How Do I Apply for Chapter 7 or Chapter 13 Bankruptcy?
In most instances, Chapter 7 Bankruptcy is better than Chapter 13 Bankruptcy as the process is quicker and you’ll be able to keep all if not most of your property. It is important to familiarize yourself with how they work so that you’re aware of your options in case you’d like to file for bankruptcy.
Chapter 7 Bankruptcy
It is one of the most effective options to explore if you’d want to quickly get rid of debt. Since it is a liquidation bankruptcy, it will wipe out unsecured debts and any medical bills that you could be having. It is relatively easy to complete as it can take between three to six months. Even though it is possible to lose your property with Chapter 7 bankruptcy, getting a good attorney like Richard Weaver Bankruptcy Attorney will ensure that you’re keeping most of it.
Who Should File For Chapter 7 Bankruptcy?
Chapter 7 bankruptcy will work well for those people:
-Someone who doesn’t own a lot of property
-Family incomes don’t exceed the state’s median
-Have personal loans, medical bills, or credit card balances.
You’ll be required to take the means test in order to determine if you qualify for the Chapter. You’re automatically qualified for Chapter 7 if your income is below the state’s average.
Chapter 13 Bankruptcy
There are circumstances where Chapter 13 could meet your needs. Chapter 13 is purposely meant to reorganize bankruptcy to make it possible for debtors with regular income to make monthly contributions towards offsetting the debt. Even though there are some debtors that qualify for Chapter 7 bankruptcy, they’ll prefer to settle for Chapter 13 because of the availability of more benefits. With Chapter 13, you get to keep your property as long as the creditors are paid what is equal to the amount for the non-exempt. Most people will opt for Chapter 7 because there is no obligation of paying back the creditors.
Chapter 13 is for debtors that:
-That has fallen behind on car and house payments
-Don’t qualify for Chapter 7 but still in need of debt relief
-Have non-dischargeable debts such as child support or alimony.
Which One Should You Apply For?
Most people will prefer to file for Chapter 7 because it is easy and straightforward. You get to keep your property and there is no fear of monthly repayments.
The Disadvantages of Chapter 7 Bankruptcy
Chapter 7 is the most common type of bankruptcy but it still has its downsides. Here are the main ones you should be wary of:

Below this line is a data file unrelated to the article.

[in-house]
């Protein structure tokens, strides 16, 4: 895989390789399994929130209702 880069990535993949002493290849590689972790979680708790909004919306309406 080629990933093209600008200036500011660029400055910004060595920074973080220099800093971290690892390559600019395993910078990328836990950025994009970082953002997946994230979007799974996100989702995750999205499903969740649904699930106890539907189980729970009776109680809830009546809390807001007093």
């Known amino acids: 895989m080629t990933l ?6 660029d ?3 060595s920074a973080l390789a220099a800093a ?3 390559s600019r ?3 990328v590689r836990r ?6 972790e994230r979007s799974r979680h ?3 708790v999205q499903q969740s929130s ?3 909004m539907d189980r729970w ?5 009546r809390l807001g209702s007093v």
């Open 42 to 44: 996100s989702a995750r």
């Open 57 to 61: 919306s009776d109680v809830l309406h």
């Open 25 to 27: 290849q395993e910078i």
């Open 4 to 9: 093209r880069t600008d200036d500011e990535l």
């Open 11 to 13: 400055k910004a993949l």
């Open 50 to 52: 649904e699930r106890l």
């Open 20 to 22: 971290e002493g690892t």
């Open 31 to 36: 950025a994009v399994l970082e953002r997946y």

Property that is Not Exempted Can be Sold by the Trustee
Bankruptcy exemptions will provide protection to what is referred to as “basic” property. This could include furniture, clothing, retirement accounts, and cars to a certain amount. The state jurisdiction will also determine what is exempt when filing for bankruptcy. Chapter 7 liquidation might not be the ideal choice if there is a property that you’d want to be exempted from but is not covered.
Might Not Be Useful With Expensive Car Loans
Chapter 7 can help to keep the car but it will not offset the responsibility of paying for the loan. You’ll still be stuck with the same interest rates even signing the reaffirmation agreement. This could seriously impact the ability to repair the loan, especially when there are high-interest rates.
Stays on the Credit Longer Than Chapter 13
Even though it will be possible to begin rebuilding your credit score once that the discharge has been entered, it should be noted that Chapter 7 will stay on your records for up to 10 years. Chapter 13 will be removed after 7 years since the bankruptcy was filed.
You Might Not Qualify if You Make Too Much Money
The means test will determine the disposal income limit that qualifies for Chapter 7 bankruptcy. Even though it might not be that big of a deal as you’ll be qualified for other options, it is crucial that you have an understanding of how the specific Bankruptcy Code could have an impact on your particular situation.
Having looked at the process of applying for Chapter Bankruptcy, there are some common mistakes you’ll need to avoid before filing for bankruptcy and we’re going to highlight some of them.
Avoid transferring assets: This could be consequential when applying for Chapter 7 bankruptcy. Just because you transfer assets to your grandma's name doesn’t mean there will be protection. You could be accused of committing bankruptcy fraud knowing too well about the impending filing. You could still be prosecuted even if the transfer was done unknowingly.
Don’t make credit card purchases: It is recommended that you’re not using your credit at all unless it is for purchasing basic necessities. There is the risk of creditors objecting to the discharge of debt when you buy a luxury item prior to filing for bankruptcy.
Don’t file for bankruptcy if you’ll receive future payments: Future payments could go into the bankruptcy estate. The money can be used to pay unsecured creditors when you file for Chapter 7 bankruptcy.
Filing under the wrong bankruptcy chapter: This could happen when you decide to file for bankruptcy on your own. A lot of debtors will opt for either Chapter 7 or Chapter 13 bankruptcy. Each of the options will have advantages and disadvantages. The type of bankruptcy that you decide on will depend on the individual financial circumstances.
Make sure to attend the meeting of creditors if the filing of the bankruptcy is to be taken seriously. In addition to that, you’ll want to hire an experienced bankruptcy attorney. They will help in achieving the best possible outcome for your particular situation. Make sure to consult with an attorney before filing. Sometimes bankruptcy isn’t the solution and a good attorney will make you aware of the options. Such an attorney will provide a free consultation that you can take advantage of so as to be aware of the course of action.
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